7 Lessons Deleting Snapchat Has Taught Me

7 Lessons Deleting Snapchat Has Taught Me

No more streaks, selfies, or stories… for an entire month.

Yep, that’s right — at the beginning of last month, I took the liberty to delete Snapchat entirely, along with a few other social media apps, including Twitter, Facebook and YouTube, off my phone and computer. Rather inspired by one of my favorite singers, Ed Sheeran, and his recent detachment period from social media, I decided to also quit using some of the most popular apps in the world. Though the beginning of the process was completely heartbreaking and seemed almost impossible to overcome, I slowly but surely discovered the infinite benefits of removing myself from the hectic online world that is taken over by today’s technology-driven addiction.

1. No more stress; no more validation

The second I deleted Snapchat, I immediately came to the realization that there was no longer the need to update the public with what I was up to. This took away the feeling of constantly having to validate myself — whether that was through putting on a show by posting new videos and pictures. There was no more stress with focusing on the game of statistics or the numbers of likes, comments or retweets I got.

2. Alternatives are superior

One of the main reasons deleting Snapchat tore my heart apart, was because I used the app to keep in touch with a few good friends and people who went to other schools, lived in different countries or who I only saw once a year, if lucky. But after removing these apps, I was quickly introduced to other, better ways to still talk with these friends and family members, such as texting or calling, which I found more personal and exciting.

3. Lose the 24/7 pressure

When I used Snapchat in the past, there was always a huge unspoken pressure to be doing something adventurous, eating somewhere interesting or looking cute and presentable at all times. But in reality, that’s not always the case! A lot of the time, I’m not doing something super interesting, and even if I am, I don’t always have to share it publicly. Sometimes I’m just in my room editing photographs, doing homework at my neighborhood pond or even just sleeping — and there’s no need to feel any pressure of having to document every second of my life on social media.

4. Live NOW

As a person who loves photography and videography and always has a camera on them, I found that removing my Snapchat account was beneficial for me to learn to live in the moment, rather than documenting it all for the internet. When I had Snapchat, the app acted as another load of stress and another requirement of visual media, on top of my DSLR camera and phone camera that I already, and would much rather, use to capture moments. Since I’ve deleted the app, it’s allowed me to put away my phone when I’m out with friends and rely less on its unnecessary documentation of living through a lens, rather than through my own eyes.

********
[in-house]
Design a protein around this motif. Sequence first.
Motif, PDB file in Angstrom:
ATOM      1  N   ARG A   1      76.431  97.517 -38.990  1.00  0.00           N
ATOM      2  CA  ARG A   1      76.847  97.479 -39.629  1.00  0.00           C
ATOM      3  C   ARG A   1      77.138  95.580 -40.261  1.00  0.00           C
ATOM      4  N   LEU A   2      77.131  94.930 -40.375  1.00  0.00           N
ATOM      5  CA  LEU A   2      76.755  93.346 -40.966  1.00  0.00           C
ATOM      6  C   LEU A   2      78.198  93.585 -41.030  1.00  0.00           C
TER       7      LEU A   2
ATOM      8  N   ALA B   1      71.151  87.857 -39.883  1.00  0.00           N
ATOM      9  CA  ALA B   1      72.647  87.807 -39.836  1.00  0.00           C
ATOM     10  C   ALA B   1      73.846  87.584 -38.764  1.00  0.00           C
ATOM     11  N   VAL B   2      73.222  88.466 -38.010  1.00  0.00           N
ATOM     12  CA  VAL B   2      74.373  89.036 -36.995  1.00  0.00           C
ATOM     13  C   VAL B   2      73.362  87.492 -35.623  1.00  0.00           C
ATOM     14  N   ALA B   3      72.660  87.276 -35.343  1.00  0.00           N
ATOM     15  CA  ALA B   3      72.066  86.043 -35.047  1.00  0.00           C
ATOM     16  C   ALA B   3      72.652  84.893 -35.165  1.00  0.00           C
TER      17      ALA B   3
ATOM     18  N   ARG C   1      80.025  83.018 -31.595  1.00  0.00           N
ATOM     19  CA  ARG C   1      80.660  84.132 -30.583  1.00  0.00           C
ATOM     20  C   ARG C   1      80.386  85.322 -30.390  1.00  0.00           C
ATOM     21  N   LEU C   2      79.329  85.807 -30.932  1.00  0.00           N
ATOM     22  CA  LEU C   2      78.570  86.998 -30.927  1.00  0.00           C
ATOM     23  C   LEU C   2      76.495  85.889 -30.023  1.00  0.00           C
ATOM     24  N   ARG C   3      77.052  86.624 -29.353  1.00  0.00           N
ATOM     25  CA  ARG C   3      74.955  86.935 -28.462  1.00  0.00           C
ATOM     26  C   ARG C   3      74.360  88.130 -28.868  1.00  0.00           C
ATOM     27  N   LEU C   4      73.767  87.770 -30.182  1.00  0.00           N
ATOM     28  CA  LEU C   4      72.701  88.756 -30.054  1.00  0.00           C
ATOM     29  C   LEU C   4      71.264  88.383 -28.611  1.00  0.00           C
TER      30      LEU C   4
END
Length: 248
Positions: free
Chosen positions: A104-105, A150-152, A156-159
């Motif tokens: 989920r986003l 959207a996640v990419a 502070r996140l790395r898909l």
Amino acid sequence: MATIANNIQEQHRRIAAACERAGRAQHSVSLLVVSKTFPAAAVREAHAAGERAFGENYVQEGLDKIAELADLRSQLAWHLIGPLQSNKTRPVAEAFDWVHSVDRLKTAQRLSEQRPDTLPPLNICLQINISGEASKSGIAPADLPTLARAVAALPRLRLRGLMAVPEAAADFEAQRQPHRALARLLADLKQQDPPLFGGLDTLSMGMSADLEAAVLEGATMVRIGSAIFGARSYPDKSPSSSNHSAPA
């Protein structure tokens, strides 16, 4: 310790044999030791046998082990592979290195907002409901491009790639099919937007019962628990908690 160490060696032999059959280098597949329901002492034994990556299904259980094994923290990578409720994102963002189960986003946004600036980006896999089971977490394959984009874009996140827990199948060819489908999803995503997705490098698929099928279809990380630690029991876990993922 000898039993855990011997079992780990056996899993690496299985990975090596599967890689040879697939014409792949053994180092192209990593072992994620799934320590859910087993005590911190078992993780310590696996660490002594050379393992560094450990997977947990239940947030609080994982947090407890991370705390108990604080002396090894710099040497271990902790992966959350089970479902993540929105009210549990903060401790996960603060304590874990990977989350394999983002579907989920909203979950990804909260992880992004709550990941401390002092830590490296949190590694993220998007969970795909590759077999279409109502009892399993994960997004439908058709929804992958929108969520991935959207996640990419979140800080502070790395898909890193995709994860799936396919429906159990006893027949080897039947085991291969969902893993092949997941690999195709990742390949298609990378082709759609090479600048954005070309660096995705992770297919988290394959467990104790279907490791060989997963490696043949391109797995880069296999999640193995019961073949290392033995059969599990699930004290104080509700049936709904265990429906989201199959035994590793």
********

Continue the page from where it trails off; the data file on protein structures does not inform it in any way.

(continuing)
5. Use phone storage for the better

I’ve always had an issue with storage space on my phone, especially because I’m limited to only eight gigabytes and half of it is used for downloading giant raw photograph files from my computer. Another two gig are used for actual normal phone things, like settings, data and applications. Snapchat took up one entire gigabyte, which left me with only one gig left over for other apps, videos and games — barely any space. By deleting Snapchat, I was able to store more information and a larger variety of apps on my phone.

6. Grades improve

Snapchat, along with the other apps and games I chose to delete during this one month trial run of social media detachment, I found was notably intrusive to my academic work environment and study habits. When I decided to delete the app, I found that I was able to focus for longer periods of time and no longer had to multitask trying to learn with worrying about responding to streaks at the same time.

7. Do more

“Do more” is actually one of my biggest New Year’s resolutions. Intending this lifestyle phrase to contribute to my life in all aspects — through academics, friends and family, community, health, activities, personal characteristic development and more — I have learned more about myself by getting off my phone and doing things I would have never done otherwise. I no longer worry so much about the miscellaneous information catered through social media — and instead, I can focus on living genuinely and doing more.

Cover Image Credit: Huffington Post

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I'm A Woman And You Can't Convince Me Breastfeeding In Public Is OK In 2019

Sorry, not sorry.


Lately, I have seen so many people going off on social media about how people shouldn't be upset with mothers breastfeeding in public. You know what? I disagree.

There's a huge difference between being modest while breastfeeding and just being straight up careless, trashy and disrespectful to those around you. Why don't you try popping out a boob without a baby attached to it and see how long it takes for you to get arrested for public indecency? Strange how that works, right?